What did we learn from the Writers’ Strike?

No matter what you write, or where you publish, your content is going to migrate online.

The long and winding road of the Writers Guild of America has now come to a yield sign. They signed a contract with the studios on the basis of residuals that will be paid to them, some of which only begin after 2010. But they did have a qualified win.

Interestingly, this week, another group is negotiating how their “work” might be remunerated. Faculty members at Harvard University are voting on on a proposal that will allow the university to push their scholarship through online distribution methods online for the princely sum of … free! They could opt-out, of course.

And also this week, BurrellesLuce has called for a a copyright compliance standard for PR firms that may otherwise unwittingly violate intellectual property rights when they distributes publishers’ content. It calls for charging “a small royalty” for delivering the online and print stories it selects for clients.

If we have learned something from the Writers’ strike, it’s the value of (and price we should put on) content. We have sipped the “information wants to be free” cocktail too long and have never questioned what the real price of “free” is.

OK, so YouTube wants to be free, and the New York Times online wants to be free, but writers need to be paid and nurtured, and have a motivation to go after or craft the content that needs brainstorming, travel, teamwork and publishers who appreciate their endeavor. It depends on the definition of “small royalty,” but and it ought to be settled across a table not a picket line.
If not, everything from research to sitcoms will be diluted –to refill our freebie cocktails, maybe.

Stanford blog, features competitors

There’s something about being ‘open’ and ‘unofficial’ that grabs me. The unofficial Stanford University blog by a student (Ed Finn) and and editor (Dan Cole,) called Open Culture is a treasure trove of information.

This week, there’s a free audiobook download of James Joyce‘s Ulysses. Before that, a link to Thomas (World is Flat) Friedman‘s video podcast.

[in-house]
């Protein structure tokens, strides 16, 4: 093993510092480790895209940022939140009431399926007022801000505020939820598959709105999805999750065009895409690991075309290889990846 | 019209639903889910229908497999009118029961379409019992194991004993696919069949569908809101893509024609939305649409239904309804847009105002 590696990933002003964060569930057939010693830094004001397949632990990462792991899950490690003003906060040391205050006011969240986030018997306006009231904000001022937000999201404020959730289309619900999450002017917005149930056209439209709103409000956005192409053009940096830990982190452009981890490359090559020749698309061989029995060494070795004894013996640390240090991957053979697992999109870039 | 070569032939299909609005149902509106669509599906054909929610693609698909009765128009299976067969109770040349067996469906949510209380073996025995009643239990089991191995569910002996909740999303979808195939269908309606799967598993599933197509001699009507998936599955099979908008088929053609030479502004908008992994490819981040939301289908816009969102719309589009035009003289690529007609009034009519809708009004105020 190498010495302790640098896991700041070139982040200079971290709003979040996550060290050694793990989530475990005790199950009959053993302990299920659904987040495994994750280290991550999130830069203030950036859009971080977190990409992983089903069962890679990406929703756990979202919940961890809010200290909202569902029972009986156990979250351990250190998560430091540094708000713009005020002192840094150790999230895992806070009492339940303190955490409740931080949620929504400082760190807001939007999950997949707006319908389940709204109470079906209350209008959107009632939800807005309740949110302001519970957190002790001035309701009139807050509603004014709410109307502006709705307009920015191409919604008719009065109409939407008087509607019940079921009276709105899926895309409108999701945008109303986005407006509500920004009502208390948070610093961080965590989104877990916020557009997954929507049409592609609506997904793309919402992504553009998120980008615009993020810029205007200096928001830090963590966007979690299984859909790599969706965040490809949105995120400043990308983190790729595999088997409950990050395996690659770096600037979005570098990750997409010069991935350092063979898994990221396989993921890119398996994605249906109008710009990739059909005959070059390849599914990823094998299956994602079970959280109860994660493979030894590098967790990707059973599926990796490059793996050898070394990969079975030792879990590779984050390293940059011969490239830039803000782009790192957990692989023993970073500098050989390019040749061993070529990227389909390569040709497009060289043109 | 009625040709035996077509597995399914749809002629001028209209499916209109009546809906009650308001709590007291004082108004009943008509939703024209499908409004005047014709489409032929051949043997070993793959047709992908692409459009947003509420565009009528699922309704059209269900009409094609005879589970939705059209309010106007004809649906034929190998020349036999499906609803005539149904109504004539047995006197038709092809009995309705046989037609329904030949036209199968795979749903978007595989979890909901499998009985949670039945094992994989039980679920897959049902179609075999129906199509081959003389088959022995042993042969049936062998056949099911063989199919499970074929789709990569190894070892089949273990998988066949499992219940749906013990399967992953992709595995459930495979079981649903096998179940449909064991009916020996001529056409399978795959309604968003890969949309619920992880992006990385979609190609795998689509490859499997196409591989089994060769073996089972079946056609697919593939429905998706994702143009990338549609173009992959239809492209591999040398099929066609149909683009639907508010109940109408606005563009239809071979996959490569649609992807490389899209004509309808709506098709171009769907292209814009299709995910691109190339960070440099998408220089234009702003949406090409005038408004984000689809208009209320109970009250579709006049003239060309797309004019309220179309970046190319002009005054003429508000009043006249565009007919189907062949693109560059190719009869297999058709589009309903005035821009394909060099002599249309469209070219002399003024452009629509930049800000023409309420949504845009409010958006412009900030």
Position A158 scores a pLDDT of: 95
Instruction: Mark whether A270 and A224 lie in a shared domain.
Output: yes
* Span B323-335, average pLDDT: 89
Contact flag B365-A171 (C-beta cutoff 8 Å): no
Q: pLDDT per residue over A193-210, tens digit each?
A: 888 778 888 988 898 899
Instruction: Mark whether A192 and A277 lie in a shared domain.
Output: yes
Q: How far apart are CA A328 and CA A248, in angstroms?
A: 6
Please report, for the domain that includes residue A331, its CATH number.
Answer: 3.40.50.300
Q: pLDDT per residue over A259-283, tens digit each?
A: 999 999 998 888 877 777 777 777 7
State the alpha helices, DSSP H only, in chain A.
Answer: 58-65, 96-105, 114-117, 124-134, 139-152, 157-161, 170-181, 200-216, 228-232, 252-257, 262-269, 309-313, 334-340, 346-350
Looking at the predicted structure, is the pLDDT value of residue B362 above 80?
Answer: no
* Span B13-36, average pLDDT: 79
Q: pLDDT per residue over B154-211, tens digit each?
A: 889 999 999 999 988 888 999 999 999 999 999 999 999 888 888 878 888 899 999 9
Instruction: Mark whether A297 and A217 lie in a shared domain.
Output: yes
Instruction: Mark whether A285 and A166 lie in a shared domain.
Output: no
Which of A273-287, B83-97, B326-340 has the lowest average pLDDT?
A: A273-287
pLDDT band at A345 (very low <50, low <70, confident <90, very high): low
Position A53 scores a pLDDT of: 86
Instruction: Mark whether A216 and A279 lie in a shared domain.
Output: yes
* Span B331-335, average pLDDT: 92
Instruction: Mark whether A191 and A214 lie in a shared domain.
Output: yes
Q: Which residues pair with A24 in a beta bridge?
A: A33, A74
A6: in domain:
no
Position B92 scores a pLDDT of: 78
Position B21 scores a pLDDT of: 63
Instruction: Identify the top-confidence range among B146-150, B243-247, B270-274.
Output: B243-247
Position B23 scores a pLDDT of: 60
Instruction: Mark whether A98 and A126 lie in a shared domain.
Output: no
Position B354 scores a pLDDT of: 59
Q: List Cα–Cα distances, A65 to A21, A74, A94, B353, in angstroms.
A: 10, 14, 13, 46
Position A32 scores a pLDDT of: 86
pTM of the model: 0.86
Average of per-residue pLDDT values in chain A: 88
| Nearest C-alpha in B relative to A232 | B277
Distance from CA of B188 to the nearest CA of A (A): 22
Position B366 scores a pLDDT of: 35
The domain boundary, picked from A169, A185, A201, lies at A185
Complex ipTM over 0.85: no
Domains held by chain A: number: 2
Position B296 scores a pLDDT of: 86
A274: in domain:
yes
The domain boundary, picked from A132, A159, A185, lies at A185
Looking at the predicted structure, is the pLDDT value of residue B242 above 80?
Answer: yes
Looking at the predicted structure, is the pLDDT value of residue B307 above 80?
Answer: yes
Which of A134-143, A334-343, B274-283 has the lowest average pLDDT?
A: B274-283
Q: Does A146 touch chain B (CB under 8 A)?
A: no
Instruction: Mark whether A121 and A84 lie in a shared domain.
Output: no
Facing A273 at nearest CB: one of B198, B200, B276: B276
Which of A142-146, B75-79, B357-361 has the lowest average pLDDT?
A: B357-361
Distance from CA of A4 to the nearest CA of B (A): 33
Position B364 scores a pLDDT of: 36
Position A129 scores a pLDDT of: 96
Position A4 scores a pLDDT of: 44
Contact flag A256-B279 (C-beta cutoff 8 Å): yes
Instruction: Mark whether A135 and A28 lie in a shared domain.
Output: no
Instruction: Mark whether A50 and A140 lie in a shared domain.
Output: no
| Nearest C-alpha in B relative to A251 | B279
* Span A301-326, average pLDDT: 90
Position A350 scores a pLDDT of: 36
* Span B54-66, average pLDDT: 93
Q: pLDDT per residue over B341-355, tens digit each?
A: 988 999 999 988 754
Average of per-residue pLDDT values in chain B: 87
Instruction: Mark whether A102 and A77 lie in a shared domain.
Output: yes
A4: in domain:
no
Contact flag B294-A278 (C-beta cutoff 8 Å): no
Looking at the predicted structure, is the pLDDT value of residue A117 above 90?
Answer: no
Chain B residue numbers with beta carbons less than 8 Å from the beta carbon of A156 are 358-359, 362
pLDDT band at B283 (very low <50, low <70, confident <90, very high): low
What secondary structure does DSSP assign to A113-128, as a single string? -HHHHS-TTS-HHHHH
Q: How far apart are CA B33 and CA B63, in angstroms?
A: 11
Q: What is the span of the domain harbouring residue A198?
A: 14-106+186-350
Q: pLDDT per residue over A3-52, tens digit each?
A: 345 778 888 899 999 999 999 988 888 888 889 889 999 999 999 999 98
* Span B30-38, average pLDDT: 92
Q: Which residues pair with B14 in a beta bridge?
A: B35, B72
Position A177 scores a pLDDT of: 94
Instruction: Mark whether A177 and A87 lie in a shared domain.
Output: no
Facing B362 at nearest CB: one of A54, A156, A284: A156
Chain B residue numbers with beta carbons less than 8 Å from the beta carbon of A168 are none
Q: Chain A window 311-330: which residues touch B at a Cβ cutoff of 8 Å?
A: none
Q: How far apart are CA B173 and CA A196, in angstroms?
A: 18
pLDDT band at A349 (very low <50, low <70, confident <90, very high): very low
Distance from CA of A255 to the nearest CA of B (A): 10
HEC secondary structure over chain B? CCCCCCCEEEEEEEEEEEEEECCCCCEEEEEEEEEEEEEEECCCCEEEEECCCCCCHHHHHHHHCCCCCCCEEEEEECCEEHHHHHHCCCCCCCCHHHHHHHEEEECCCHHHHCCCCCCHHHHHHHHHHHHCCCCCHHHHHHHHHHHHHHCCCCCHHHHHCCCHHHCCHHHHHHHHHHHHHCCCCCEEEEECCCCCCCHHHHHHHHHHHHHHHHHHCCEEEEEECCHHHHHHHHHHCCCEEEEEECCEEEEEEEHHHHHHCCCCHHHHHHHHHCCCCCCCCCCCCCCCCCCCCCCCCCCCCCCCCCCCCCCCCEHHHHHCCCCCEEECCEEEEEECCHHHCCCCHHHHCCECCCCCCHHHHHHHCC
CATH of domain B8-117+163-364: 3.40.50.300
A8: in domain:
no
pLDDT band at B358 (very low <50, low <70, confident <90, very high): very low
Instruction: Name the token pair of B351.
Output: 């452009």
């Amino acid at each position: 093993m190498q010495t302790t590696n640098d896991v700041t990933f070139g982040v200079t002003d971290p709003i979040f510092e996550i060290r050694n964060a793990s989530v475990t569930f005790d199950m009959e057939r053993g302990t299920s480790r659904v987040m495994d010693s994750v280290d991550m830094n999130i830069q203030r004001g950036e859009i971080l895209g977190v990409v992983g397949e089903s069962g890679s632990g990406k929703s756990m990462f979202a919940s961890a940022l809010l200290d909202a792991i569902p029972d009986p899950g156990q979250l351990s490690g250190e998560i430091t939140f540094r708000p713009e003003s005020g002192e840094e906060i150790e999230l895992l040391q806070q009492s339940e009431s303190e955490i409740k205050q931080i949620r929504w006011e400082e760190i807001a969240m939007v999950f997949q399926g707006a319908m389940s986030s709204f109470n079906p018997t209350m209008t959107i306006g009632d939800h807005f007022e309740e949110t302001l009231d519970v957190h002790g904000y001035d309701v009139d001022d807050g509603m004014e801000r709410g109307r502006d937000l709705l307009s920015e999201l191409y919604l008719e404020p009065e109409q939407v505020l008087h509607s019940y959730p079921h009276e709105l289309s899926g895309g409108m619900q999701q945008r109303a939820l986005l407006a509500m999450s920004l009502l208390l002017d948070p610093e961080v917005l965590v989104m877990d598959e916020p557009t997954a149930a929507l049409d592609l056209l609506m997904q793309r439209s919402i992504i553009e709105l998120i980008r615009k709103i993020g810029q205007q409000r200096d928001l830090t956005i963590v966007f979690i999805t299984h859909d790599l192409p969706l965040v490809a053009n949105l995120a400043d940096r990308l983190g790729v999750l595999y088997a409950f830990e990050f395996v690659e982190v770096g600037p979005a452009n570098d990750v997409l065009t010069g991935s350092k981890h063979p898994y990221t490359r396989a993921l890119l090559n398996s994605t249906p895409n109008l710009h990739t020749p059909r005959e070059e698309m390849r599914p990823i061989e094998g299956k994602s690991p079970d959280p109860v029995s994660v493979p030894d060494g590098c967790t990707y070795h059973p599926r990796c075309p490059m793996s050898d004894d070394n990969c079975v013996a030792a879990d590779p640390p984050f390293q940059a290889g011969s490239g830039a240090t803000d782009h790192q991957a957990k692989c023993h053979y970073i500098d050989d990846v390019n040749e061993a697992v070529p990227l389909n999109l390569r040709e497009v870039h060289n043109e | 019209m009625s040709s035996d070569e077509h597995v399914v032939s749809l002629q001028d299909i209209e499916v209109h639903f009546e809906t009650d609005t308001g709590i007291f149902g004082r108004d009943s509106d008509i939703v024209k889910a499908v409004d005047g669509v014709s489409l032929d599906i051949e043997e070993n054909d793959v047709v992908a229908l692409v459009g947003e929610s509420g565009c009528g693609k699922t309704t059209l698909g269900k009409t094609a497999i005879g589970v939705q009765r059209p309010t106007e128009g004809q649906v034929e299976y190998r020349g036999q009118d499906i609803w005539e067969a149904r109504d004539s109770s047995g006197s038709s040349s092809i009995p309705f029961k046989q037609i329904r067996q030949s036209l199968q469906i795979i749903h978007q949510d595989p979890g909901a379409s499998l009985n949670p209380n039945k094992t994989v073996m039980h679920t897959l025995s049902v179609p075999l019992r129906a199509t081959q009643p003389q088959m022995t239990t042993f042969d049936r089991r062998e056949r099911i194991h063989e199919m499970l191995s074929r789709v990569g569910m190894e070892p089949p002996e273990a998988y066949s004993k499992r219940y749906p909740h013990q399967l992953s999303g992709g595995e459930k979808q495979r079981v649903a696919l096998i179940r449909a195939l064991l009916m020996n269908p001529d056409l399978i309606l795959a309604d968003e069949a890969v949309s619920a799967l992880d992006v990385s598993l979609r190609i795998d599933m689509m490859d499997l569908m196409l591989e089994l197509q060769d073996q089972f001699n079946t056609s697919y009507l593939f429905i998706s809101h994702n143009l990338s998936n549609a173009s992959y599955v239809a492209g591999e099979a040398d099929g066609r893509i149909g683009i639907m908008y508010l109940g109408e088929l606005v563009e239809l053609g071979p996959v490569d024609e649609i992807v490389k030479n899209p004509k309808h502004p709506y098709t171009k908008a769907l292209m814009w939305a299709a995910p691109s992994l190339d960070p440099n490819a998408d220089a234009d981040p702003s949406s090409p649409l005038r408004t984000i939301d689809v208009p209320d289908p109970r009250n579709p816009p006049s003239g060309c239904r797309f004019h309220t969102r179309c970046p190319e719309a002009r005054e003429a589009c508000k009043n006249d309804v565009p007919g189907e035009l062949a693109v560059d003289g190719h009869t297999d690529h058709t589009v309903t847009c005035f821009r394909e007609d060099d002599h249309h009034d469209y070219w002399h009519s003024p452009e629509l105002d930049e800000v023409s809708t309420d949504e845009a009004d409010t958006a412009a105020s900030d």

Best of all, it does not feature just Stanford material. You could also find the top-10 free university courses (a link via iTunes) that includes competitive schools such as UC Berkeley, Oxford, Harvard and UC Davis. That’s what being Open is all about –being big enough to embrace your “frienemies.”

Quotes for the week ending 28 Dec, 2007

“She was wearing a Rolling Stones T-shirt, the one with the sassy tongue sticking out.”

Syndicated columnist, David Ignatius, recalling the young Benazir Bhutto, as a cub reporter at Harvard.

“When we do foolish things, they come back around to bite you.”

Arizona Republic reader commenting on the ‘mistake” a Mayo Clinic doctor made in using a cell phone to photograph the tattooed “member” of a patient.

“We bring an energy-sapping debate to a close.”

Warner Music CEO, Edgar Bronfman in a message to employees about making available music in MP3 format on

“They didn’t want to be part of the conversation; they wanted to be the topic of the conversation.”

Todd Defren on the bastardization of social media where a company like to mark off the check box, but unwilling to engage with people.

“Women must not only be presenting the news, they must be making the decisions that determine what gets broadcast in the first place.”

Katherine Rake, director of the Fawcett Society, commenting on a study that found under-representation of women in newsrooms.


Merriam-Webster’s 2007 word of the year, voted by readers. The word, comprising two zeros between the letters w and t, is an interjection, an expression of joy similar in use to the word “yay,” says MW.

“I have been thrilled, and a little surprised, by the genuine disbelief that a cabinet level agency could have started a legitimate blog complete with criticism and contrary opining.”

Heath Kern, editor of Dipnote, the State Department blog that began in 2007.